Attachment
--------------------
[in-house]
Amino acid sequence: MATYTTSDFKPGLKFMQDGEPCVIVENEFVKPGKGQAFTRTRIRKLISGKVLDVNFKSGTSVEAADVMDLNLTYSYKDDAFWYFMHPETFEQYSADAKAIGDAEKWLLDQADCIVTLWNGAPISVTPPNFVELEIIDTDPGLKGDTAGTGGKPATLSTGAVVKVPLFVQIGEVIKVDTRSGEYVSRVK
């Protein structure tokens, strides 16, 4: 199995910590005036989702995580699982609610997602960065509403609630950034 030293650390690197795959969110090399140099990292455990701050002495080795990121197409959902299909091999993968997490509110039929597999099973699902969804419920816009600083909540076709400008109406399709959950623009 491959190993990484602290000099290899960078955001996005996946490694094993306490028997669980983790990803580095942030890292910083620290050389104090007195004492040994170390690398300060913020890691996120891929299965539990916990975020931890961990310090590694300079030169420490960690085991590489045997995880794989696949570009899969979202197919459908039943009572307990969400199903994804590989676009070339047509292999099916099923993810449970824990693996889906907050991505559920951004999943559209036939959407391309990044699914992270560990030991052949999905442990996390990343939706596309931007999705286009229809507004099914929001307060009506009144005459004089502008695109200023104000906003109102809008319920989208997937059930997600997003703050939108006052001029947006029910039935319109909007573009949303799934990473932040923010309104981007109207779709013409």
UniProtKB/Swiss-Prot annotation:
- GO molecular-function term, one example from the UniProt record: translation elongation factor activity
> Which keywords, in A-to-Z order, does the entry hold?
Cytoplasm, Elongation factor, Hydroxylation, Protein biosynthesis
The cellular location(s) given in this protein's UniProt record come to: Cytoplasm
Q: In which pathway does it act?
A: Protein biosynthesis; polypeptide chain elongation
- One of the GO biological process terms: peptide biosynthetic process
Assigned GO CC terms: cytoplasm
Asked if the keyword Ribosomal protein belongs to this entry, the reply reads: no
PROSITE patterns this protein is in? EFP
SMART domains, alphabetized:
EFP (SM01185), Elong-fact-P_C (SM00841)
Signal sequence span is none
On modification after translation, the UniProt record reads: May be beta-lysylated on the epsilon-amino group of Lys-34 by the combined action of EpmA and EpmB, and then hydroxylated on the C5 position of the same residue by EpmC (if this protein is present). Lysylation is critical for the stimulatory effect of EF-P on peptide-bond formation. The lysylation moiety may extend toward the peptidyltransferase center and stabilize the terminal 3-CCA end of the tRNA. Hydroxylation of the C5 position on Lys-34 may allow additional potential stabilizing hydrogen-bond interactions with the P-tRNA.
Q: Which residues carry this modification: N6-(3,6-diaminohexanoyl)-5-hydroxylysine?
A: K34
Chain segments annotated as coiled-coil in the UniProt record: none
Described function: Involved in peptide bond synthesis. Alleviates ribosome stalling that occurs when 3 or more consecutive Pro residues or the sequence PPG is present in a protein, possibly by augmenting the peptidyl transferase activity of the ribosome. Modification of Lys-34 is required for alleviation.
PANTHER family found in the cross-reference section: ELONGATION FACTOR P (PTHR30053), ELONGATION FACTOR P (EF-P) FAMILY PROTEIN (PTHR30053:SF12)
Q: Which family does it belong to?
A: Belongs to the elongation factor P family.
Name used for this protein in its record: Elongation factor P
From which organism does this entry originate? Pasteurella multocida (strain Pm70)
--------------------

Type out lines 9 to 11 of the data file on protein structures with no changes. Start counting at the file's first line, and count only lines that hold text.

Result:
Q: In which pathway does it act?
A: Protein biosynthesis; polypeptide chain elongation
- One of the GO biological process terms: peptide biosynthetic process